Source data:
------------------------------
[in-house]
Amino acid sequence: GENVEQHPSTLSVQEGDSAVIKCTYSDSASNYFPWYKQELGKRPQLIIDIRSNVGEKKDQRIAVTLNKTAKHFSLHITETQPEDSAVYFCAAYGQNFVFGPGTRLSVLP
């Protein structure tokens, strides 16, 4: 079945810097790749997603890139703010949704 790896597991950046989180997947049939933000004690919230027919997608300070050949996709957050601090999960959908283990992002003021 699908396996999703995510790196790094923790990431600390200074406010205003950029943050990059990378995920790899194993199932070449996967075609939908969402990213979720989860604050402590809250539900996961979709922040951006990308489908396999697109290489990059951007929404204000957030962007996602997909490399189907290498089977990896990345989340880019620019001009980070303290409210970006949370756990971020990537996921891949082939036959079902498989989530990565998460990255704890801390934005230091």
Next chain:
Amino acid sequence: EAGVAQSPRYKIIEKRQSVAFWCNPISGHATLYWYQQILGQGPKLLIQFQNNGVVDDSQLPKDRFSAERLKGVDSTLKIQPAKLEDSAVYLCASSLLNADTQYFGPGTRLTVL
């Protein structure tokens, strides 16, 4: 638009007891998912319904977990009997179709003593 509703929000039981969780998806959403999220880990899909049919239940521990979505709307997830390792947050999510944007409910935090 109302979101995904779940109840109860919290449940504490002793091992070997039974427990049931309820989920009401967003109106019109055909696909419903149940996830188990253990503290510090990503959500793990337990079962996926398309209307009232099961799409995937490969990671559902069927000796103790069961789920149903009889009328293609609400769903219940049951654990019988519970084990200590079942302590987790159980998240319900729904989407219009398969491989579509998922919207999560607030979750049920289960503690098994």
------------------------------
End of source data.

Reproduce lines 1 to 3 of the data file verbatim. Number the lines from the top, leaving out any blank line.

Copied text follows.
[in-house]
Amino acid sequence: GENVEQHPSTLSVQEGDSAVIKCTYSDSASNYFPWYKQELGKRPQLIIDIRSNVGEKKDQRIAVTLNKTAKHFSLHITETQPEDSAVYFCAAYGQNFVFGPGTRLSVLP
């Protein structure tokens, strides 16, 4: 079945810097790749997603890139703010949704 790896597991950046989180997947049939933000004690919230027919997608300070050949996709957050601090999960959908283990992002003021 699908396996999703995510790196790094923790990431600390200074406010205003950029943050990059990378995920790899194993199932070449996967075609939908969402990213979720989860604050402590809250539900996961979709922040951006990308489908396999697109290489990059951007929404204000957030962007996602997909490399189907290498089977990896990345989340880019620019001009980070303290409210970006949370756990971020990537996921891949082939036959079902498989989530990565998460990255704890801390934005230091």